Inanna is the ancient Sumerian goddess of love, sensuality, fertility, procreation, and also of war. She later became identified by the Akkadians and Assyrians as the goddess Ishtar, and further with the Hittite Sauska, the Phoenician Astarte and the Greek Aphrodite, among many others.


She was also seen as the bright star of the morning and evening, Venus, and identified with the Roman goddess. Inanna is one of the candidates cited as the subject of the Burney Relief (better known as The Queen of the Night), a terracotta relief dating from the reign of Hammurabi of Babylon (r. 1792-1750 BCE) although her sister Ereshkigal is the goddess most likely depicted.


In the famous Sumerian/Babylonian poem The Epic of Gilgamesh (c. 2700 - 1400 BCE) Inanna appears as Ishtar and, in Phoenician mythology, as Astarte. In the Greek myth The Judgment of Paris, but also in other tales of the ancient Greeks, the goddess Aphrodite is traditionally associated with Inanna through her great beauty and sensuality. Inanna is always depicted as a young woman, never as mother or faithful wife, who is fully aware of her feminine power and confronts life boldly without fear of how she will be perceived by others, especially by men.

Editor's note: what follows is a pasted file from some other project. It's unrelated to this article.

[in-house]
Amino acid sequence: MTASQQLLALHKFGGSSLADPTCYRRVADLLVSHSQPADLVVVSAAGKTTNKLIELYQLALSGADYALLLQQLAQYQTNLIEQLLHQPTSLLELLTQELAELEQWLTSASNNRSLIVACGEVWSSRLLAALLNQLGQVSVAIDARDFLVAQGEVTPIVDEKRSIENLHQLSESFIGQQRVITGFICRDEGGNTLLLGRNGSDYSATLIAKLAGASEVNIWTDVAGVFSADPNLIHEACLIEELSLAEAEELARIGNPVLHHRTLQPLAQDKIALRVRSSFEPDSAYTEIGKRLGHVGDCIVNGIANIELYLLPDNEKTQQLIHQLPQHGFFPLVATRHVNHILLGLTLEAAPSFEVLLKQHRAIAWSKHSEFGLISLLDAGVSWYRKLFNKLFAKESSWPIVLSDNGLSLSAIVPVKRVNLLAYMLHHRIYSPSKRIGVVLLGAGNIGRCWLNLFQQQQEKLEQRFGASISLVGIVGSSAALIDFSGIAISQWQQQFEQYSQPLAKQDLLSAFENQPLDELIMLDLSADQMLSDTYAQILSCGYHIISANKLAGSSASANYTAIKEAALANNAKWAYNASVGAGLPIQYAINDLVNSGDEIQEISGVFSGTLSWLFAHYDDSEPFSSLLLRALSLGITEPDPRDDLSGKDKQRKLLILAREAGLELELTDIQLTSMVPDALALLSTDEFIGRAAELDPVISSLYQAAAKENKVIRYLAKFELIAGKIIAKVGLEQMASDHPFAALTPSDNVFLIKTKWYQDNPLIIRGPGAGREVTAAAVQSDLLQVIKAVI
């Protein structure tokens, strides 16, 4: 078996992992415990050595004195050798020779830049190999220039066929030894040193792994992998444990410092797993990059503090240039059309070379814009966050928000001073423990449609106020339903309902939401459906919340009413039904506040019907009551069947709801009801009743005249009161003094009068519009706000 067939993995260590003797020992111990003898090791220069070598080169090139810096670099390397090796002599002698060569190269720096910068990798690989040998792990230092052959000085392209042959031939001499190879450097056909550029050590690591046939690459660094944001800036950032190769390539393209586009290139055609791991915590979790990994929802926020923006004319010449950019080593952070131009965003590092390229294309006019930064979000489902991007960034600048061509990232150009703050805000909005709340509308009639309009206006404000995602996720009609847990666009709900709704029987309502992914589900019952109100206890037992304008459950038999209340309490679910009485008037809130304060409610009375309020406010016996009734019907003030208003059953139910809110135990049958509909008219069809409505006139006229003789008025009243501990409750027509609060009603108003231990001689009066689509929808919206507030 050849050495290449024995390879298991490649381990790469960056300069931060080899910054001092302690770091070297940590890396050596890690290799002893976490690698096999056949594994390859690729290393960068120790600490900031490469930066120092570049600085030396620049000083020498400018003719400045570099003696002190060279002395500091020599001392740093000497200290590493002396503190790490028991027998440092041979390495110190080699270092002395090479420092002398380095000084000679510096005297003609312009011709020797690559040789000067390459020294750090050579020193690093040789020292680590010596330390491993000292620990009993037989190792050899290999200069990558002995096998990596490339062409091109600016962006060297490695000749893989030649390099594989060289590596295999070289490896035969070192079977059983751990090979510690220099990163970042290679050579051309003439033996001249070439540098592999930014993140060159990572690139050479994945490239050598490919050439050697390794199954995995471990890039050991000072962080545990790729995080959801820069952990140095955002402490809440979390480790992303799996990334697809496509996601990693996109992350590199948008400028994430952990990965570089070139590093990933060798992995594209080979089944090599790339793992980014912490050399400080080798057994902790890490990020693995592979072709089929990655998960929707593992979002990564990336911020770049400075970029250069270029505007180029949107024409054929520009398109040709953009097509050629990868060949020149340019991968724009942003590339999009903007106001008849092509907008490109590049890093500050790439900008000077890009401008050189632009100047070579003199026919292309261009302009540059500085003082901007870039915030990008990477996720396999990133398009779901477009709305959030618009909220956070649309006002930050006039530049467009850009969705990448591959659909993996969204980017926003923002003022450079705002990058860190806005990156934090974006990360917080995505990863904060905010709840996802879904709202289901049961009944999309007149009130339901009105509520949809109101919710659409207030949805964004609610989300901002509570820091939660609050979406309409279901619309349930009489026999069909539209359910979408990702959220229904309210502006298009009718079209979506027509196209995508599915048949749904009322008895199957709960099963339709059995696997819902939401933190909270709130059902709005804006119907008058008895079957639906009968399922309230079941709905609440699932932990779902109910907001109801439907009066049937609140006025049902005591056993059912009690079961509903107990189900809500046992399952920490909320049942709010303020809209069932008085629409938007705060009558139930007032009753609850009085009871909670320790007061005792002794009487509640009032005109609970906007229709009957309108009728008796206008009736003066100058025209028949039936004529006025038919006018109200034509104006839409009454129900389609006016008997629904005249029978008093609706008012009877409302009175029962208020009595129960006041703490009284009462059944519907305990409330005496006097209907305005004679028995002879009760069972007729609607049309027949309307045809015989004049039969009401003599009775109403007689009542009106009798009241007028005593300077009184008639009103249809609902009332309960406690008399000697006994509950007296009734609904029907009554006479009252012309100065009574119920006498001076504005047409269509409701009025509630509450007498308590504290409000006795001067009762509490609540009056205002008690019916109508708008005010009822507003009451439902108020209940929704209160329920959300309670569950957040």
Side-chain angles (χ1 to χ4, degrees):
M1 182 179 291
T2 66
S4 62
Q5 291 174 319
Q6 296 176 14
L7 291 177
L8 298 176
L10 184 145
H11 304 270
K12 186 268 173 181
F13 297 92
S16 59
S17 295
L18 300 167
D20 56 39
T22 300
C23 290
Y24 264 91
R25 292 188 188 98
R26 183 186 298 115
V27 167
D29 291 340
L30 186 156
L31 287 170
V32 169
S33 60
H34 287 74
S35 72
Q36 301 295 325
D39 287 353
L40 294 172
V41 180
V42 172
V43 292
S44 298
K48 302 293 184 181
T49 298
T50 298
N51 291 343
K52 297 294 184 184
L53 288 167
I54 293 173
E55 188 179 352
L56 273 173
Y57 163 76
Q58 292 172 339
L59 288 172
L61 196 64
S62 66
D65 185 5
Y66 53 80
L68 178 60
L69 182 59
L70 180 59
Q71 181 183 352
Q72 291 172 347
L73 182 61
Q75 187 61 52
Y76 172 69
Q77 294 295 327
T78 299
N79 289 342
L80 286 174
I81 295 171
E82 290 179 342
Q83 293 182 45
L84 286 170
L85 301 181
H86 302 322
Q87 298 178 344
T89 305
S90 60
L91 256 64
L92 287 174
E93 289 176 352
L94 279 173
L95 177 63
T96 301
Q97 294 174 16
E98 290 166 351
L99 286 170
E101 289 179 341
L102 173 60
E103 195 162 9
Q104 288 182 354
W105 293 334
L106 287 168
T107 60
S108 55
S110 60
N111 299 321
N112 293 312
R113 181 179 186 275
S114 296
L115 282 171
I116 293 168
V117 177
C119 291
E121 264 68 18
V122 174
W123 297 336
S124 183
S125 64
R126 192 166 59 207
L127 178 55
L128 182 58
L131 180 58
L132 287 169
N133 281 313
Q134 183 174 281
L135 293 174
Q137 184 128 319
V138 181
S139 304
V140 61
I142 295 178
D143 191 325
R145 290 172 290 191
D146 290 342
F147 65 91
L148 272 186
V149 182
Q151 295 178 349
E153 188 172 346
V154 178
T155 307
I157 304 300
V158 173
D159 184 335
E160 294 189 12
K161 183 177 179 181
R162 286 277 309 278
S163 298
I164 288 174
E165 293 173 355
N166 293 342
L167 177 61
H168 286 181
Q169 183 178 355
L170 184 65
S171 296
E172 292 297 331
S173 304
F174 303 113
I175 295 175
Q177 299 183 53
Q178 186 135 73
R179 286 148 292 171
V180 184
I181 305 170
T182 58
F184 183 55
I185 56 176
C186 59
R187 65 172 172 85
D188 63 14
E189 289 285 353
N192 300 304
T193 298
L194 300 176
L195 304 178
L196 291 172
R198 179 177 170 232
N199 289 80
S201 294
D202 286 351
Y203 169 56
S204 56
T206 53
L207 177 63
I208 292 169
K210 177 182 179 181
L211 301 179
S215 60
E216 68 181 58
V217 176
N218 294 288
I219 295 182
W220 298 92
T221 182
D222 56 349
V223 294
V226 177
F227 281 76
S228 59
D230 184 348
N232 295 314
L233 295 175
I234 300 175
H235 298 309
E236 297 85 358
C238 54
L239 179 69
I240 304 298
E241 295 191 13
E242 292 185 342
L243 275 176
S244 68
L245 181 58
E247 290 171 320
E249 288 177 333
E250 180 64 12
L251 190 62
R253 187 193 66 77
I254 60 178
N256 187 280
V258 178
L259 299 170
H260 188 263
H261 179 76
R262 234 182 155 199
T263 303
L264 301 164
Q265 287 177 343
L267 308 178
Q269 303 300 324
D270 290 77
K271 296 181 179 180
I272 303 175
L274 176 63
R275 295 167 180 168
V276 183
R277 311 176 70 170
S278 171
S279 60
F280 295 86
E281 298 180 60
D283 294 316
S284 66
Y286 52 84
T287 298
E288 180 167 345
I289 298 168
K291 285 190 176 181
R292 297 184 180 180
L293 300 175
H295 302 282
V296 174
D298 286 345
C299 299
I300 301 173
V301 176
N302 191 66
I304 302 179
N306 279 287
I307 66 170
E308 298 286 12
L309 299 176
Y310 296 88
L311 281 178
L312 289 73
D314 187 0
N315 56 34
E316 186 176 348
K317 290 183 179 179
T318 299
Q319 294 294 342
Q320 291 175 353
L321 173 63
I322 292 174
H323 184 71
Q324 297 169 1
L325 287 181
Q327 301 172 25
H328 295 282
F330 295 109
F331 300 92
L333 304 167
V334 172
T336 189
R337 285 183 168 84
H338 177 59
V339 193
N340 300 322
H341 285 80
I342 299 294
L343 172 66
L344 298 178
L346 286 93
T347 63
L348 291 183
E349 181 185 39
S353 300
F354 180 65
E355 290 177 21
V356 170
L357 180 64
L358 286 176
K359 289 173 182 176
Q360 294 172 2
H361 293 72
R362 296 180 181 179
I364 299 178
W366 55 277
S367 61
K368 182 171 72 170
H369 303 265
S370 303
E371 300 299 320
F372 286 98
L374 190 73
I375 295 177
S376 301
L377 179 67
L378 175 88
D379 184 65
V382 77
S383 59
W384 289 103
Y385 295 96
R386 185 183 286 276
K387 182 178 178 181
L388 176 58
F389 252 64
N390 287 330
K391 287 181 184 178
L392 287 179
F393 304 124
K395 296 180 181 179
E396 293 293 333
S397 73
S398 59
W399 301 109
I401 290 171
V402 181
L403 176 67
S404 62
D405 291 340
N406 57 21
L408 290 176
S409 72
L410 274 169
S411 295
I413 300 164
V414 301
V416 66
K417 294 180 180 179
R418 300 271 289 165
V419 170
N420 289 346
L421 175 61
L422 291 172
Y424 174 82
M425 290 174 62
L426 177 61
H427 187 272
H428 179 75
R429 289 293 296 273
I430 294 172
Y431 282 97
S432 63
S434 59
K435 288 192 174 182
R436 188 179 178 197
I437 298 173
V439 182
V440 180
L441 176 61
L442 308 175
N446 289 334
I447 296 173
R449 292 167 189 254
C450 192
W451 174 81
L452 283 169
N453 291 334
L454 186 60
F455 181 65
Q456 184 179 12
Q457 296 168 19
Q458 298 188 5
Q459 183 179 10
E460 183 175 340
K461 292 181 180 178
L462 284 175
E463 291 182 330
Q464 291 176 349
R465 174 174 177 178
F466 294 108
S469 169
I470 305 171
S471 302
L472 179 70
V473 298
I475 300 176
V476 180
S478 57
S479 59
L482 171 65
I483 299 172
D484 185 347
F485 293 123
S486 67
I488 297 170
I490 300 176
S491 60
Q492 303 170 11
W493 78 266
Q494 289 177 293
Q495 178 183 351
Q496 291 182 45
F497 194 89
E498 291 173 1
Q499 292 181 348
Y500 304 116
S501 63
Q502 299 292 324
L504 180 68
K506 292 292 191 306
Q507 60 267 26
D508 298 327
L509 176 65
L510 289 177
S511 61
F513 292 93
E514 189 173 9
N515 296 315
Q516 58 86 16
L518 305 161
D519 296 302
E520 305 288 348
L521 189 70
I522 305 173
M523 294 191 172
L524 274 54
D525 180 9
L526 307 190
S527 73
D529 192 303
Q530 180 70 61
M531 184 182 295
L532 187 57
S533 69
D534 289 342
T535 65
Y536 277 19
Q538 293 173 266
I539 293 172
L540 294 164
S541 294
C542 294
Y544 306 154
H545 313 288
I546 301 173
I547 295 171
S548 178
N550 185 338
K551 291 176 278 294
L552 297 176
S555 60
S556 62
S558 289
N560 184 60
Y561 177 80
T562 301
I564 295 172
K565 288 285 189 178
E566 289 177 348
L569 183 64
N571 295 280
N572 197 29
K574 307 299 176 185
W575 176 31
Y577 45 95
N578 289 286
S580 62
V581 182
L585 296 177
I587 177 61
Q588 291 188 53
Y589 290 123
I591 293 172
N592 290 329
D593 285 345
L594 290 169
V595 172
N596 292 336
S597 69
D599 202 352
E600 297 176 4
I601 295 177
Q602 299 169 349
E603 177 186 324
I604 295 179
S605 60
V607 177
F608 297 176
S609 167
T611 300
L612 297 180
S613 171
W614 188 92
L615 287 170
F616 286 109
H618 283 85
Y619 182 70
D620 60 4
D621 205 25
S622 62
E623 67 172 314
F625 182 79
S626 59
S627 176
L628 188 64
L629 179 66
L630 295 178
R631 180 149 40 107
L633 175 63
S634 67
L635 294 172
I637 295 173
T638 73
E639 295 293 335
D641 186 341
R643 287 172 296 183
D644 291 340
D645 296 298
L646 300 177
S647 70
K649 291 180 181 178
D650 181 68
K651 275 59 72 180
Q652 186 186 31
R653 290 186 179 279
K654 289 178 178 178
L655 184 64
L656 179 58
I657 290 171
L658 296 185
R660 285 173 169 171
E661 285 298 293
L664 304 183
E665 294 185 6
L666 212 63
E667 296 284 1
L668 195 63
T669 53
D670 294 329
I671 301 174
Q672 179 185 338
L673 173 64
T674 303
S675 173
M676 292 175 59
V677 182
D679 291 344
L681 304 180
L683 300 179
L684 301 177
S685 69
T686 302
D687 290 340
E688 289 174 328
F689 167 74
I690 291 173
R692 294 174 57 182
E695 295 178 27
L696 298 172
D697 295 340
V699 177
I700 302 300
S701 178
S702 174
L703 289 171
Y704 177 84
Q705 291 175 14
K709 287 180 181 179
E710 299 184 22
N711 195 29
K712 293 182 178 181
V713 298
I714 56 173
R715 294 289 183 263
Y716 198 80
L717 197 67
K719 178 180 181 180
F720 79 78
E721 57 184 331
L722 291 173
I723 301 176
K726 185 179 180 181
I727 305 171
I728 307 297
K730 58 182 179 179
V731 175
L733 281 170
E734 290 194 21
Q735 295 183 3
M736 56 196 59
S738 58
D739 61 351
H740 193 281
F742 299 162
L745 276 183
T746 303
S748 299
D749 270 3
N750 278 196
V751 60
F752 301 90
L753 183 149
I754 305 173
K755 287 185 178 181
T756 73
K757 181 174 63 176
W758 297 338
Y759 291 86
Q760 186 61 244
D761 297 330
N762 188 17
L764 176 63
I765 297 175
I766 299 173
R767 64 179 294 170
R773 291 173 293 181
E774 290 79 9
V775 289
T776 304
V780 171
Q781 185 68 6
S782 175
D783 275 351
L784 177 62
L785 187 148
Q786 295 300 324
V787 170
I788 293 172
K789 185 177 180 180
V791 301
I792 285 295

Aspects of the Goddess

She is often shown in the company of a lion, denoting courage, and sometimes even riding the lion as a sign of her supremacy over the 'king of beasts'. In her aspect as goddess of war, Inanna is depicted in the armor of a male, in battle dress (statues frequently show her armed with a quiver and bow) and so is also identified with the Greek goddess Athena Nike. She has been further associated with the goddess Demeter as a fertility deity, and with Persephone as a dying-and-reviving god figure, no doubt a carry-over from her original incarnation as a rural goddess of agriculture.

Although some writers have claimed otherwise, Inanna was never seen as a Mother Goddess in the way that other deities, such as Ninhursag, were. Dr. Jeremy Black notes: